What Else Are They Hiding From Us?
Over the years as a child safety advocate I have worked very closely with the Montgomery County Public Schools in my cluster to make sure that when there is a serious incident at the school where one of my children attends that the information is shared proactively to allay panic in the community. I can say that across the board the principals in my cluster are generally very good about making sure the community is informed about incidents as they occur, perhaps because they have learned over time that there will be a community backlash if they do not. MCPS might soon also realize that it is best to be forthcoming with information.
MCPS has had a tendency, organizationally, to not share information proactively for many years. We have seen this recently with the April 29 and May 5, 2014 “SWATting” bomb threats at Northwest high school last spring, when parents stormed the school, causing gridlock on the block in front of the building – thereby preventing emergency vehicles from coming in or out AND putting those parents at risk in the case of a real emergency – because the school system was not forthcoming with information about the incident as it occurred. But I can assure you parents were talking, because both my phone and social media were going crazy.
On May 5, 2014 – during the second bomb threat in a week at my child’s high school, I direct messaged Dana Tofig, the MCPS Public Information Officer:
@sjburkinshaw: “Please share info re: NWHS lockdown asap – parents are FREAKING OUT!! (I’m remaining calm…)”
@MCPSPIO: “It appears to be another false alarm called into police but I’m getting more info”
…then later @sjburkinshaw: “Just got the phone message – thank you.”
This followed public tweets on April, 29,2014 after the incident was over:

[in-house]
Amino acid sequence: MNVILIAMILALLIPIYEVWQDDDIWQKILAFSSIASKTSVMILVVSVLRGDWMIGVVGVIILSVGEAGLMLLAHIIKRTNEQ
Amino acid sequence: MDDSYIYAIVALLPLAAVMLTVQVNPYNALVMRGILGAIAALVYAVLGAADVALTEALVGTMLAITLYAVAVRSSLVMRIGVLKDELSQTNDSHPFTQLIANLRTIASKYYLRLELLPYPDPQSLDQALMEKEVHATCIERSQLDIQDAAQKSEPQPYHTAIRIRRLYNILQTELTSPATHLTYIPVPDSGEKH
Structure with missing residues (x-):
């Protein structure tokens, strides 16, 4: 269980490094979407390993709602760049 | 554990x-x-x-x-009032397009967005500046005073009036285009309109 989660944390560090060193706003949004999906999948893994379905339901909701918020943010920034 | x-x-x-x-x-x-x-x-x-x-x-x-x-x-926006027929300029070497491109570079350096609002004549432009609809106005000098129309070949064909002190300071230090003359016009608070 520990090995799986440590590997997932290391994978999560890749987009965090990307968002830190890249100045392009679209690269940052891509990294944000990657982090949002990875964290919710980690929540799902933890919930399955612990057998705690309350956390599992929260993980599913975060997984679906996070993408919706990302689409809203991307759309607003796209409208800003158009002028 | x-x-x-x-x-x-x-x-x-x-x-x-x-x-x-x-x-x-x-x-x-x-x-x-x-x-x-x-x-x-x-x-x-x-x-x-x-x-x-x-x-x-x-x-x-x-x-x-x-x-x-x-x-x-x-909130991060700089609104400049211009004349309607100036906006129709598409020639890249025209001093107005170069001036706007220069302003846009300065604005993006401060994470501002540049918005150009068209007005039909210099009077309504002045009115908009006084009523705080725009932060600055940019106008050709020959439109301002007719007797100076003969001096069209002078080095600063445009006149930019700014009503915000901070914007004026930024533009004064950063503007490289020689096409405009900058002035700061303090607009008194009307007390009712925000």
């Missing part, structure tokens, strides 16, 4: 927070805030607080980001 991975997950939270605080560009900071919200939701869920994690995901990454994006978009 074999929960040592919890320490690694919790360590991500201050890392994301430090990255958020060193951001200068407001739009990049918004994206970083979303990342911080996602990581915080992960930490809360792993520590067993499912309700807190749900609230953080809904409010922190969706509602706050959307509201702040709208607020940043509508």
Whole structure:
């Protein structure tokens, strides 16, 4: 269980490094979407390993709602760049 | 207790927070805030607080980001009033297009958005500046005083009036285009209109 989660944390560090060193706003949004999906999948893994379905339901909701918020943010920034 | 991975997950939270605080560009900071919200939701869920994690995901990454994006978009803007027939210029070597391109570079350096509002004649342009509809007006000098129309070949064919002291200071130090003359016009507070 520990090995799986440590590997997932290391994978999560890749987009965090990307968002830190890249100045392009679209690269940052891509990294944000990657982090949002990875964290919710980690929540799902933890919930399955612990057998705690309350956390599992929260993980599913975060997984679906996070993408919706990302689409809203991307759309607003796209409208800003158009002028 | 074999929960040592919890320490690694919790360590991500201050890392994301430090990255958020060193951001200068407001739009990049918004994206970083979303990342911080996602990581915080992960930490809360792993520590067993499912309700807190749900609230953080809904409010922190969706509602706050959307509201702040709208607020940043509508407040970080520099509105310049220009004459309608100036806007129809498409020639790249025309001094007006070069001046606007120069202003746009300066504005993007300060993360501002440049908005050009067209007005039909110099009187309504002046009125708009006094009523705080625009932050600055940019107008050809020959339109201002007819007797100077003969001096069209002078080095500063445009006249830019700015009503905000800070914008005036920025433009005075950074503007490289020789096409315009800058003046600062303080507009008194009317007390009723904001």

@MCPSPIO: “The situation at Northwest and Northwest high schools has ended. Students are safe and are back in the buildings.”
@sjburkinshaw: “We also need parents to understand how to react/behave during lockdowns – coming to school during real incidents NOT helpful. @mcps @mcpnews”
@sjburkinshaw: “Better comm during incidents may help—kids were tweeting/texting real-time @mcps @mcpnews@mcfrs were not sharing much info during events.”
Now don’t get me wrong – I understand the seriousness of dispatching a tactical police special operations unit into a high school and that the worst thing to do could be sharing information that benefits the suspect. But sharing no information leads to community anxiety, panic, and a bunch of pissed off parents who race to the school, clog traffic in front of the building, and potentially put more lives at risk. We have seen this persistently over time so why don’t we learn?
I know from experience in my professional career in management that coming out ahead of a bad story proactively minimizes the pain. Knowledge is power and sharing information is the best way to improve productivity, efficiency and morale across the board. However, when you have a network of parents sharing information they are hearing through the grapevine, whether true or untrue, the story becomes exactly that: a story. Later, facts have to be fleshed out, like the game of telephone. Damage control results as we may appear to be saving face.
It is exactly how we tell our kids that we will be less upset if they tell us that they broke a window in the house BEFORE we come across the damage ourselves. MCPS would be wise to learn that coming out ahead of a “story” regarding a serious incident – as “isolated” as it may be – with even minimal information or details about it, is better than parents getting hold of a piece of it and trying to fill in the details.
Just as they would do with their own kids, parents may start trying to find the potentially undiscovered damage throughout the house: what else are they hiding from us?
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Over the years as a child safety advocate I have worked very closely with the Montgomery County Public Schools in my cluster to make sure that when there is a serious incident at the school where one of my children attends that the information is shared proactively to allay panic in the community. I can […]